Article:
Transport Authority gets 12 new motor cars to improve monitoring of sector

Last Updated April 26, 2024

Twelve motor cars have been added to the fleet of the Transport Authority, which will be used to improve the authority's capacity to monitor and regulate the public transportation sector.

Managing Director at the Transport Authority, Ralston Smith (second right), cuts the ribbon to officially hand over 12 motor vehicles during a ceremony held at the Authority’s Maxfield Avenue offices in Kingston today. Others (from left) are Board Chairman, Transport Authority, Owen Ellington; new recruit at the Authority, Melissa Duncan; and Driver, Clovis Ashmede.

Managing Director of the Transport Authority, Ralston Smith, said acquisition of the vehicles represents a significant investment in the organisation's future and “symbolises our commitment to retooling our operational apparatus”.

“Indeed, it is part of our effort to rebrand the Operations Division,” Smith said during the handover ceremony held at the Authority's Maxfield Avenue offices in Kingston today.

He also informed that the Transport Authority is advanced in its effort of rebranding, through the establishment of a uniform committee, which is tasked with reviewing the uniform, logo and other paraphernalia for the inspectorate, coupled with a fusion of technological support to come on stream in the ensuing months.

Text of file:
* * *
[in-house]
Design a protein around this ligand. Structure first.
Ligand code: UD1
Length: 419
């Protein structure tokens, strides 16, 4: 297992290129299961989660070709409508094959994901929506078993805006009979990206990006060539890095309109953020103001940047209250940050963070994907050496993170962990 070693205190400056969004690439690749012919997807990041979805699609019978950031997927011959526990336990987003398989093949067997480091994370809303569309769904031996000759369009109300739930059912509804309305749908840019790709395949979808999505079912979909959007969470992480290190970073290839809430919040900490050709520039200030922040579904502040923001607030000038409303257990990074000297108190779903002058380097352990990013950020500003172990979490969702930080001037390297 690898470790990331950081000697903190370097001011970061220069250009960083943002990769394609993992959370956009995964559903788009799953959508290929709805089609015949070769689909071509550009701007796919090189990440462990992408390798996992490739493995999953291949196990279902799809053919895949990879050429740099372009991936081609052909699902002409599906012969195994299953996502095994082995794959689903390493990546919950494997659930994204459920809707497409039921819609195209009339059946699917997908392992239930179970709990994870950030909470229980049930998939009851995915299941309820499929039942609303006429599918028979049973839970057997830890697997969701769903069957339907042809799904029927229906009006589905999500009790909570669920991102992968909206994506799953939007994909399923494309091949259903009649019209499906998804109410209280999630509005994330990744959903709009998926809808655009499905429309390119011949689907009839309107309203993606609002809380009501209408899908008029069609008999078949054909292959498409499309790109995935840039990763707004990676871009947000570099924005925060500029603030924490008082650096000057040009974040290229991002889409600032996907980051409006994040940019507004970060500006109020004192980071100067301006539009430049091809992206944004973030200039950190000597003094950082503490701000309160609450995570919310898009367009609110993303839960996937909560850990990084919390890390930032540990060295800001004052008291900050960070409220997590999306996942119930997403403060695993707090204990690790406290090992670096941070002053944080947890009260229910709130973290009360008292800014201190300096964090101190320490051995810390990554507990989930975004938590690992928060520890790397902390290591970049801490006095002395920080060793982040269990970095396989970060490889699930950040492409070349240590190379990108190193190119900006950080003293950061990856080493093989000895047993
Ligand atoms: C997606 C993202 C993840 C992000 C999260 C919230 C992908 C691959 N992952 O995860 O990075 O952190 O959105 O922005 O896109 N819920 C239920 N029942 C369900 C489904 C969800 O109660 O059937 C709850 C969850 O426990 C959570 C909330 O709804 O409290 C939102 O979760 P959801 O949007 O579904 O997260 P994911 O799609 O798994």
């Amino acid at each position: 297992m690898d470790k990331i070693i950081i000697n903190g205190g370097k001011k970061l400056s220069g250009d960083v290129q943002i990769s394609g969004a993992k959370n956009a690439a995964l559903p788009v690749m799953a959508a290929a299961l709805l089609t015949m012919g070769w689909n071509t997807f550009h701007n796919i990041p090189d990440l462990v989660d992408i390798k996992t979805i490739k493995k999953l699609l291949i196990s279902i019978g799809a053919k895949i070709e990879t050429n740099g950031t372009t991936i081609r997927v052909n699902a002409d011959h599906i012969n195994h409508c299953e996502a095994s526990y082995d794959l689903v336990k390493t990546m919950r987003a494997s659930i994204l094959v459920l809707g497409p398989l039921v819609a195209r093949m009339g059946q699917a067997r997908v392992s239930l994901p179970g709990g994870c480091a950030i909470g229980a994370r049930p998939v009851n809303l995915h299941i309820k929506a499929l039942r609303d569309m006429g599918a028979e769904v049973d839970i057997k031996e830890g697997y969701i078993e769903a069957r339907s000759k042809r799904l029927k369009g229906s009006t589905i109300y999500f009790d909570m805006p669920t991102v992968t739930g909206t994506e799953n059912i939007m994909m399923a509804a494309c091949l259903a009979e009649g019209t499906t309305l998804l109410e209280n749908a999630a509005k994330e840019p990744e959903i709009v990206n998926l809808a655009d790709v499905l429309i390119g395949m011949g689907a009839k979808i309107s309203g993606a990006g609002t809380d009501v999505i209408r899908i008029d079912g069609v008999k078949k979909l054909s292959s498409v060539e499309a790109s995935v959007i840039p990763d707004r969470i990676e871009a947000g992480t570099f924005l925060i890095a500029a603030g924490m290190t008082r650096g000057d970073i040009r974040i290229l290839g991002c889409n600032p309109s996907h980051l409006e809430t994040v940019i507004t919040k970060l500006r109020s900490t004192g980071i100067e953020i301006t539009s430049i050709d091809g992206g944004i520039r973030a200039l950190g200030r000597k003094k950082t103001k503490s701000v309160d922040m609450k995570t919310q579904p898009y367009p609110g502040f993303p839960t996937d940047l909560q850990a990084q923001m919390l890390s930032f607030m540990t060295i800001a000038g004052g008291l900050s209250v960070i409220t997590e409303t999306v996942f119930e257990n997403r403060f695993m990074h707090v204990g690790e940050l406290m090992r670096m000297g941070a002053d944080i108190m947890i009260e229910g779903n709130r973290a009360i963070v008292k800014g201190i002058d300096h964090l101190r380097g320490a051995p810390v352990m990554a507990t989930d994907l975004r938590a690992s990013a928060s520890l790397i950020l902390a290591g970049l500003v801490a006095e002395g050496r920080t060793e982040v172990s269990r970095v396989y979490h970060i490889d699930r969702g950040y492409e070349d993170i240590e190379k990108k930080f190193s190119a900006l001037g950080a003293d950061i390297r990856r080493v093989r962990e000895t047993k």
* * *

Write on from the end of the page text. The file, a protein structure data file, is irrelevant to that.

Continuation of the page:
“Among them is our e-ticketing system to replace the antiquated summons system and of course, radio communication and other technological devices to support the work of the Operations Division,” Smith said.

 “With the cars being relatively new, we expect their impact on the environment to be very negligent in terms of carbon emission and, therefore, we are confident that they will provide a faster and more efficient means of carrying out our daily activities, both in terms of operations and investigations,” he added.

He noted that the vehicles will help the Transport Authority to maintain a high visibility in the town centres, cities and at various hotspots across the country.

The managing director further stated that the vehicles will be used not just for operational activities but also for commuter engagement, information sharing and gathering intelligence.

“I encourage our inspectors and drivers to treat these vehicles as you treat your own; let us care these vehicles. I charge you, therefore, to continue to be a beacon for the authority, continue to offer excellent service to the public, be kind to each other, and be examples for the new recruits,” Smith said.

Meanwhile, Chairman of the Transport Authority, Owen Ellington, emphasised the need for the entity to procure more vehicles.

“[There is] a need to build out on your mobility, and I think you need to carefully assess the requirements for patrols and presence on the road and commit to deploying a minimum number of cars with people in each of the regions that you serve,” Ellington said.

Courtesy: The Gleaner


Back to Top Arrow